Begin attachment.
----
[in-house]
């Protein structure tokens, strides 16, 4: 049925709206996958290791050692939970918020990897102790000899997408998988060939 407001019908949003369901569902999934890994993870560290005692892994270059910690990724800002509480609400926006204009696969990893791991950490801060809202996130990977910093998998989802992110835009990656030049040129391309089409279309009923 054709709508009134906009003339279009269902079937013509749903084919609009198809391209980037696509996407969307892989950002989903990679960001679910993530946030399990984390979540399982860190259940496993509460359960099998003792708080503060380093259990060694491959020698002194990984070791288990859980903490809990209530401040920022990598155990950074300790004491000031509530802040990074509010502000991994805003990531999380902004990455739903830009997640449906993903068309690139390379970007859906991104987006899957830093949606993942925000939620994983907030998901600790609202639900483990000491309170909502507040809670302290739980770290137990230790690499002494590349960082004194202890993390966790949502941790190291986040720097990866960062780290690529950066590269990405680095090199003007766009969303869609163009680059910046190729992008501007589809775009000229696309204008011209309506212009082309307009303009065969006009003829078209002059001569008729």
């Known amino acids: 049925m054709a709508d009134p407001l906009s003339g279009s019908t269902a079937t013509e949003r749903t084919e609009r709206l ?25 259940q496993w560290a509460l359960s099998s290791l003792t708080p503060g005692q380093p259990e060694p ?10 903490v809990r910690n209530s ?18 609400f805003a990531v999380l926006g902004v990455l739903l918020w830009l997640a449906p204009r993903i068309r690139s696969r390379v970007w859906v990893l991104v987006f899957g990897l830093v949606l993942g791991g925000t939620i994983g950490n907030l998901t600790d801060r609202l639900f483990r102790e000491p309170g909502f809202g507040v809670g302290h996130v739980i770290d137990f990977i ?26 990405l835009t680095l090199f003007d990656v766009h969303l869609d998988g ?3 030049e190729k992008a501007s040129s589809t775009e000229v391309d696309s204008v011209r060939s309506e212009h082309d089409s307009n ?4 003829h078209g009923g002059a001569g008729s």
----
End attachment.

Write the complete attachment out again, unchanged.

[in-house]
């Protein structure tokens, strides 16, 4: 049925709206996958290791050692939970918020990897102790000899997408998988060939 407001019908949003369901569902999934890994993870560290005692892994270059910690990724800002509480609400926006204009696969990893791991950490801060809202996130990977910093998998989802992110835009990656030049040129391309089409279309009923 054709709508009134906009003339279009269902079937013509749903084919609009198809391209980037696509996407969307892989950002989903990679960001679910993530946030399990984390979540399982860190259940496993509460359960099998003792708080503060380093259990060694491959020698002194990984070791288990859980903490809990209530401040920022990598155990950074300790004491000031509530802040990074509010502000991994805003990531999380902004990455739903830009997640449906993903068309690139390379970007859906991104987006899957830093949606993942925000939620994983907030998901600790609202639900483990000491309170909502507040809670302290739980770290137990230790690499002494590349960082004194202890993390966790949502941790190291986040720097990866960062780290690529950066590269990405680095090199003007766009969303869609163009680059910046190729992008501007589809775009000229696309204008011209309506212009082309307009303009065969006009003829078209002059001569008729």
């Known amino acids: 049925m054709a709508d009134p407001l906009s003339g279009s019908t269902a079937t013509e949003r749903t084919e609009r709206l ?25 259940q496993w560290a509460l359960s099998s290791l003792t708080p503060g005692q380093p259990e060694p ?10 903490v809990r910690n209530s ?18 609400f805003a990531v999380l926006g902004v990455l739903l918020w830009l997640a449906p204009r993903i068309r690139s696969r390379v970007w859906v990893l991104v987006f899957g990897l830093v949606l993942g791991g925000t939620i994983g950490n907030l998901t600790d801060r609202l639900f483990r102790e000491p309170g909502f809202g507040v809670g302290h996130v739980i770290d137990f990977i ?26 990405l835009t680095l090199f003007d990656v766009h969303l869609d998988g ?3 030049e190729k992008a501007s040129s589809t775009e000229v391309d696309s204008v011209r060939s309506e212009h082309d089409s307009n ?4 003829h078209g009923g002059a001569g008729s």